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The Bank of Israel extended a pause in interest rates even as it conceded political uncertainty risks damaging the economy, opting to keep in reserve its minimal room for maneuver as major central banks suspend monetary easing.
After voting narrowly in favor of a hold in October, the monetary committee said on Monday that its key rate will stay at 0.25%, where it’s been since a surprise hike a year ago. Analysts surveyed by Bloomberg were split, with a slim majority predicting a cut and the rest seeing no change.
Repeating its guidance from October, the Bank of Israel said in a statement that “it will be necessary to leave the interest rate at its current level for a prolonged period or to reduce it” to eventually bring inflation near the 2% midpoint of its target range and help economic growth.
By holding off on a cut, policy makers are signaling that for now they are more likely to prefer other tools to push back against currency appreciation and revive inflation -- possibly by intervening in the foreign-exchange market. The shekel surged after the decision, before paring gains and trading little changed against the dollar.
The Bank of Israel said it “is taking additional steps as necessary” to make policy more accommodative, a slight change from its previous wording, when the bank said it “will take” further measures. Policy makers last month bought $314 million of foreign exchange after largely staying out of the currency market for most of the year.
Israel’s economy will have to make do without monetary stimulus at a time of unprecedented political paralysis after two inconclusive ballots in April and September. The country is close to declaring a third election in less than a year after Prime Minister Benjamin Netanyahu and former military chief Benny Gantz both failed to form a governing coalition.
The logjam has kept Israel from passing a new budget as its deficit swells. While fiscal policy “has so far been expansionary,” it could become a drag on growth if the government has to function without a new budget “for a prolonged period,” the central bank said on Monday.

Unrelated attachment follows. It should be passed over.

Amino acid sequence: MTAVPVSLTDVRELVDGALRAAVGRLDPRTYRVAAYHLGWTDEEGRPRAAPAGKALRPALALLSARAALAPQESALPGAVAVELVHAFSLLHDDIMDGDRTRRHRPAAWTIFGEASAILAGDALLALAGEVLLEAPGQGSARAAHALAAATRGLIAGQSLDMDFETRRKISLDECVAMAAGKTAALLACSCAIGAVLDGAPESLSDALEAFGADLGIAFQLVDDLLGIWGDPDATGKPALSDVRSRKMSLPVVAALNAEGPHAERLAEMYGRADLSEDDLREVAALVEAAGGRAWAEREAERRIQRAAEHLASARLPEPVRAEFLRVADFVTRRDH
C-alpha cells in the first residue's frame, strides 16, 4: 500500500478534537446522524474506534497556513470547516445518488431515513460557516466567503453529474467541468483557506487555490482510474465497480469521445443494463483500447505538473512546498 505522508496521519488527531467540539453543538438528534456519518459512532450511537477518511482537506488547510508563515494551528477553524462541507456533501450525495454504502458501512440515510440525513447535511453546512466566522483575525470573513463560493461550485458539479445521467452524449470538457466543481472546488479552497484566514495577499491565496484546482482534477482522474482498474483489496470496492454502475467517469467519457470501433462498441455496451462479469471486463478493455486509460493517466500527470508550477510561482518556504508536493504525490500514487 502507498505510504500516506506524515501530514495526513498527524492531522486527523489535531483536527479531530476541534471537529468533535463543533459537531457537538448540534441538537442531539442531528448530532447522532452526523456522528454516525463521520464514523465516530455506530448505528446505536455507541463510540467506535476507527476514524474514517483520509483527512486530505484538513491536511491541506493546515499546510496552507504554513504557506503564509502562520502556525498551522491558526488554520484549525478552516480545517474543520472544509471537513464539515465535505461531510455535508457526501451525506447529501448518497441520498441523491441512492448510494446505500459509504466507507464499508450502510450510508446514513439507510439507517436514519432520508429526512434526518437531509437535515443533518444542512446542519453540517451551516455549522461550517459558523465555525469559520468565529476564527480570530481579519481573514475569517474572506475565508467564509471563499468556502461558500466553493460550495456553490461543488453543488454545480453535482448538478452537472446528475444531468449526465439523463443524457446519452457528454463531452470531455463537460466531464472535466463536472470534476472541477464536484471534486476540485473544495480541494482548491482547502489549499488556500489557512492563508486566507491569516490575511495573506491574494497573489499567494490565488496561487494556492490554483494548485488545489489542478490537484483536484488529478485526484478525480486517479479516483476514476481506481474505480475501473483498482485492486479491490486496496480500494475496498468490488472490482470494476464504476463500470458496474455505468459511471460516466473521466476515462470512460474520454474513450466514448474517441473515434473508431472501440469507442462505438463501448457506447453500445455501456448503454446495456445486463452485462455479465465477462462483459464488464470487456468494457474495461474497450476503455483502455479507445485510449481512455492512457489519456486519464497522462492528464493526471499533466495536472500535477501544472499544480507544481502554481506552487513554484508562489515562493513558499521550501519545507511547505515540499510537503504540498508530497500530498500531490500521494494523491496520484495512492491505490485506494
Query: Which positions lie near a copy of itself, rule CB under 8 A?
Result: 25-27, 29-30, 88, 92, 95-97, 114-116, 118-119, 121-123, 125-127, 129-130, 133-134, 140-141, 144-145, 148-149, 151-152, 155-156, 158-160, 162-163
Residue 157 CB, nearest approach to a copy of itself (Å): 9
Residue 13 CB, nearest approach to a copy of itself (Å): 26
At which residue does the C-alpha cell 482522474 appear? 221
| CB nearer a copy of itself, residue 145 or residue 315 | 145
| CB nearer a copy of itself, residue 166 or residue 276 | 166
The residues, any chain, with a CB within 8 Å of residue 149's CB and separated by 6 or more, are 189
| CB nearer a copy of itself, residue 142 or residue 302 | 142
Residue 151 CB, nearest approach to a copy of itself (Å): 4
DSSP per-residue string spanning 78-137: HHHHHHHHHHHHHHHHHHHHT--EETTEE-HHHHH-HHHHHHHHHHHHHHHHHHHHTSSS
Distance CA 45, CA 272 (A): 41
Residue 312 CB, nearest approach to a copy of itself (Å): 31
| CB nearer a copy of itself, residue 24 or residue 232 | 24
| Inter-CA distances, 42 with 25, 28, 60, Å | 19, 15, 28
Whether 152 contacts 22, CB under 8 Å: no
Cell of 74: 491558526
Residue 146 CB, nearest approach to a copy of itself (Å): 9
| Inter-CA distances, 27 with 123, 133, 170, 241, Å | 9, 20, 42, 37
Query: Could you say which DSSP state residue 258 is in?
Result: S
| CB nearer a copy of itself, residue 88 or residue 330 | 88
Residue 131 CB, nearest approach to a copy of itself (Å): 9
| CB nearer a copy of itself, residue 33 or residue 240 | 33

“The continuing uncertainty regarding the political situation in Israel may leave its mark on economic activity,” it said.
With the central bank reluctant to deliver Israel’s first rate cut since 2015, attention is shifting to where it might turn next to hold back the shekel. After blaming currency strength for keeping inflation stuck below the target range, policy makers last month conducted their most significant intervention in the currency market in more than a year.
“The decision to leave rates unchanged can only be understood if the bank begins to intervene in a more aggressive way in the foreign currency market,” said Rafi Gozlan, chief economist for Israel Brokerage and Investments in Tel Aviv.
Third-quarter economic data complicated the outlook for the central bank. Even as consumption fueled a surprise increase of 4.1% in gross domestic product, changes in inventories had an outsized effect, while investment and exports dropped.
Meanwhile, the shekel has appreciated every quarter against the dollar this year thanks to the growing economy, its current-account surplus, foreign investment and an expected increase in natural gas production. It’s the fourth-best performer globally against the dollar so far in 2019.
Governor Amir Yaron took the reins last December, a month after the central bank surprised by raising rates for the first time since 2011 under an interim chief. But a longer tightening cycle never materialized, derailed by the currency rally and a dovish turn by the world’s major central banks as the global outlook deteriorated.
Intent on pushing prices to around the middle of the 1% to 3% target range, Yaron instead had to issue an unusual statement that rates would stay on hold for a long time after inflation plummeted out of the range five months ago.
Since then, the shekel has continued to appreciate while consumer prices last month rose just 0.4% from a year earlier. The central bank’s next decision on Jan. 9 will be followed by a news briefing with Yaron.
“It seems that the sole reason that led the monetary committee to leave interest rates at the current level is a fear of losing the little ammunition that it still has,” Ori Greenfeld, chief economist at Psagot Investment House Ltd. in Tel Aviv, said in a note. “Intervention is not really achieving its goals. In light of this we assess this Bank of Israel decision is not more than kicking a can down the road.”
--With assistance from Harumi Ichikura.
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